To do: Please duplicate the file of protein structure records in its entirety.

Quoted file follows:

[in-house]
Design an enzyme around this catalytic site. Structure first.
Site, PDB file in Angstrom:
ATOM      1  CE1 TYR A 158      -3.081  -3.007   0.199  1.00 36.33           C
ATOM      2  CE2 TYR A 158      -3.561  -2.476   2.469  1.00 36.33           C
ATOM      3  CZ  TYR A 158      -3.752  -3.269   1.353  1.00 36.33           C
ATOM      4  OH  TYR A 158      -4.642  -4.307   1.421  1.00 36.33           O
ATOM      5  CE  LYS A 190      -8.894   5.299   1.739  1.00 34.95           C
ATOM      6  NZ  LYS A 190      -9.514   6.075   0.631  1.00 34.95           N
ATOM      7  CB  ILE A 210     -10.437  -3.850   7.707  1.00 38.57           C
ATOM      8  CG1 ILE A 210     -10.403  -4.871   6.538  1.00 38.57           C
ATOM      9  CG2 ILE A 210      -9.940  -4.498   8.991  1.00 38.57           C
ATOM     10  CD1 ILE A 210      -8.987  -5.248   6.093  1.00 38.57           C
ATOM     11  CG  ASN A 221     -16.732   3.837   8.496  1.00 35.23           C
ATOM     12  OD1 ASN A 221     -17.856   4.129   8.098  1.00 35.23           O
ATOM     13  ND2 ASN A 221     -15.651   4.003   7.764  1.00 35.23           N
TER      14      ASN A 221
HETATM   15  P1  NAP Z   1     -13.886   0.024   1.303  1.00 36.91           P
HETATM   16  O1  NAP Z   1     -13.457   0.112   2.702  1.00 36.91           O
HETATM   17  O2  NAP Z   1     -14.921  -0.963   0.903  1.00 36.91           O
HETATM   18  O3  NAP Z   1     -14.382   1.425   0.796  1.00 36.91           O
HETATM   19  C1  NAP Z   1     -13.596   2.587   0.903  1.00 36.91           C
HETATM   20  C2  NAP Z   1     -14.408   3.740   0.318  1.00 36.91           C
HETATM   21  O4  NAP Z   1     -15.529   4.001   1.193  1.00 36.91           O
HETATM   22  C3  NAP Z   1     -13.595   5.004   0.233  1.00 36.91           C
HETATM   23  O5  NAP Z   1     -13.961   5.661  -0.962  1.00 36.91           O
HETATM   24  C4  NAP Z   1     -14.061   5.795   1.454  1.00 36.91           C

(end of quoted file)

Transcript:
[in-house]
Design an enzyme around this catalytic site. Structure first.
Site, PDB file in Angstrom:
ATOM      1  CE1 TYR A 158      -3.081  -3.007   0.199  1.00 36.33           C
ATOM      2  CE2 TYR A 158      -3.561  -2.476   2.469  1.00 36.33           C
ATOM      3  CZ  TYR A 158      -3.752  -3.269   1.353  1.00 36.33           C
ATOM      4  OH  TYR A 158      -4.642  -4.307   1.421  1.00 36.33           O
ATOM      5  CE  LYS A 190      -8.894   5.299   1.739  1.00 34.95           C
ATOM      6  NZ  LYS A 190      -9.514   6.075   0.631  1.00 34.95           N
ATOM      7  CB  ILE A 210     -10.437  -3.850   7.707  1.00 38.57           C
ATOM      8  CG1 ILE A 210     -10.403  -4.871   6.538  1.00 38.57           C
ATOM      9  CG2 ILE A 210      -9.940  -4.498   8.991  1.00 38.57           C
ATOM     10  CD1 ILE A 210      -8.987  -5.248   6.093  1.00 38.57           C
ATOM     11  CG  ASN A 221     -16.732   3.837   8.496  1.00 35.23           C
ATOM     12  OD1 ASN A 221     -17.856   4.129   8.098  1.00 35.23           O
ATOM     13  ND2 ASN A 221     -15.651   4.003   7.764  1.00 35.23           N
TER      14      ASN A 221
HETATM   15  P1  NAP Z   1     -13.886   0.024   1.303  1.00 36.91           P
HETATM   16  O1  NAP Z   1     -13.457   0.112   2.702  1.00 36.91           O
HETATM   17  O2  NAP Z   1     -14.921  -0.963   0.903  1.00 36.91           O
HETATM   18  O3  NAP Z   1     -14.382   1.425   0.796  1.00 36.91           O
HETATM   19  C1  NAP Z   1     -13.596   2.587   0.903  1.00 36.91           C
HETATM   20  C2  NAP Z   1     -14.408   3.740   0.318  1.00 36.91           C
HETATM   21  O4  NAP Z   1     -15.529   4.001   1.193  1.00 36.91           O
HETATM   22  C3  NAP Z   1     -13.595   5.004   0.233  1.00 36.91           C
HETATM   23  O5  NAP Z   1     -13.961   5.661  -0.962  1.00 36.91           O
HETATM   24  C4  NAP Z   1     -14.061   5.795   1.454  1.00 36.91           C